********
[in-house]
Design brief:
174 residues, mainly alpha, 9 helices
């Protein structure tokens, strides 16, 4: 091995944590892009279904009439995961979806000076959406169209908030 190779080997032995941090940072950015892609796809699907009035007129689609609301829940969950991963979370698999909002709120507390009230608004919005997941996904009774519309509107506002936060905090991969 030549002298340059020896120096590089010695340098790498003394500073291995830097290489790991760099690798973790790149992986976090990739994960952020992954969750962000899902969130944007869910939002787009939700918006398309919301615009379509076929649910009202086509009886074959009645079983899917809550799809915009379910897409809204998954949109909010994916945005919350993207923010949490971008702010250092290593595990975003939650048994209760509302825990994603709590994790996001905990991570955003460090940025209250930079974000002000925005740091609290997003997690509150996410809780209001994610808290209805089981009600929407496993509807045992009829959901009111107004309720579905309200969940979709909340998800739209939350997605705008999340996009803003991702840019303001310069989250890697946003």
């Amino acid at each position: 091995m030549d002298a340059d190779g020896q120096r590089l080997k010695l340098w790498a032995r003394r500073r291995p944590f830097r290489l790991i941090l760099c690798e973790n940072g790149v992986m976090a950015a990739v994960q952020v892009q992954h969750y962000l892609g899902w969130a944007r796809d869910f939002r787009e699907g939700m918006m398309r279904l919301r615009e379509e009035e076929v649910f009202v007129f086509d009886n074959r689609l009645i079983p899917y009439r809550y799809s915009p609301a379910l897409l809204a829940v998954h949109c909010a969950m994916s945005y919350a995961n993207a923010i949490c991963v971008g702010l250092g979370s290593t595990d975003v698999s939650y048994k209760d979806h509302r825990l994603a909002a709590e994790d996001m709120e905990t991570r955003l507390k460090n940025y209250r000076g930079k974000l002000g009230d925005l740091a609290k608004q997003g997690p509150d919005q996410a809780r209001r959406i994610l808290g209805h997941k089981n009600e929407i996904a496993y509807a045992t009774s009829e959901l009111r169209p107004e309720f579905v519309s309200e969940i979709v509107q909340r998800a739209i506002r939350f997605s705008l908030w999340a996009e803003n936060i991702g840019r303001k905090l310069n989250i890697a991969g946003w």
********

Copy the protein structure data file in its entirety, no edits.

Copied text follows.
[in-house]
Design brief:
174 residues, mainly alpha, 9 helices
């Protein structure tokens, strides 16, 4: 091995944590892009279904009439995961979806000076959406169209908030 190779080997032995941090940072950015892609796809699907009035007129689609609301829940969950991963979370698999909002709120507390009230608004919005997941996904009774519309509107506002936060905090991969 030549002298340059020896120096590089010695340098790498003394500073291995830097290489790991760099690798973790790149992986976090990739994960952020992954969750962000899902969130944007869910939002787009939700918006398309919301615009379509076929649910009202086509009886074959009645079983899917809550799809915009379910897409809204998954949109909010994916945005919350993207923010949490971008702010250092290593595990975003939650048994209760509302825990994603709590994790996001905990991570955003460090940025209250930079974000002000925005740091609290997003997690509150996410809780209001994610808290209805089981009600929407496993509807045992009829959901009111107004309720579905309200969940979709909340998800739209939350997605705008999340996009803003991702840019303001310069989250890697946003």
């Amino acid at each position: 091995m030549d002298a340059d190779g020896q120096r590089l080997k010695l340098w790498a032995r003394r500073r291995p944590f830097r290489l790991i941090l760099c690798e973790n940072g790149v992986m976090a950015a990739v994960q952020v892009q992954h969750y962000l892609g899902w969130a944007r796809d869910f939002r787009e699907g939700m918006m398309r279904l919301r615009e379509e009035e076929v649910f009202v007129f086509d009886n074959r689609l009645i079983p899917y009439r809550y799809s915009p609301a379910l897409l809204a829940v998954h949109c909010a969950m994916s945005y919350a995961n993207a923010i949490c991963v971008g702010l250092g979370s290593t595990d975003v698999s939650y048994k209760d979806h509302r825990l994603a909002a709590e994790d996001m709120e905990t991570r955003l507390k460090n940025y209250r000076g930079k974000l002000g009230d925005l740091a609290k608004q997003g997690p509150d919005q996410a809780r209001r959406i994610l808290g209805h997941k089981n009600e929407i996904a496993y509807a045992t009774s009829e959901l009111r169209p107004e309720f579905v519309s309200e969940i979709v509107q909340r998800a739209i506002r939350f997605s705008l908030w999340a996009e803003n936060i991702g840019r303001k905090l310069n989250i890697a991969g946003w």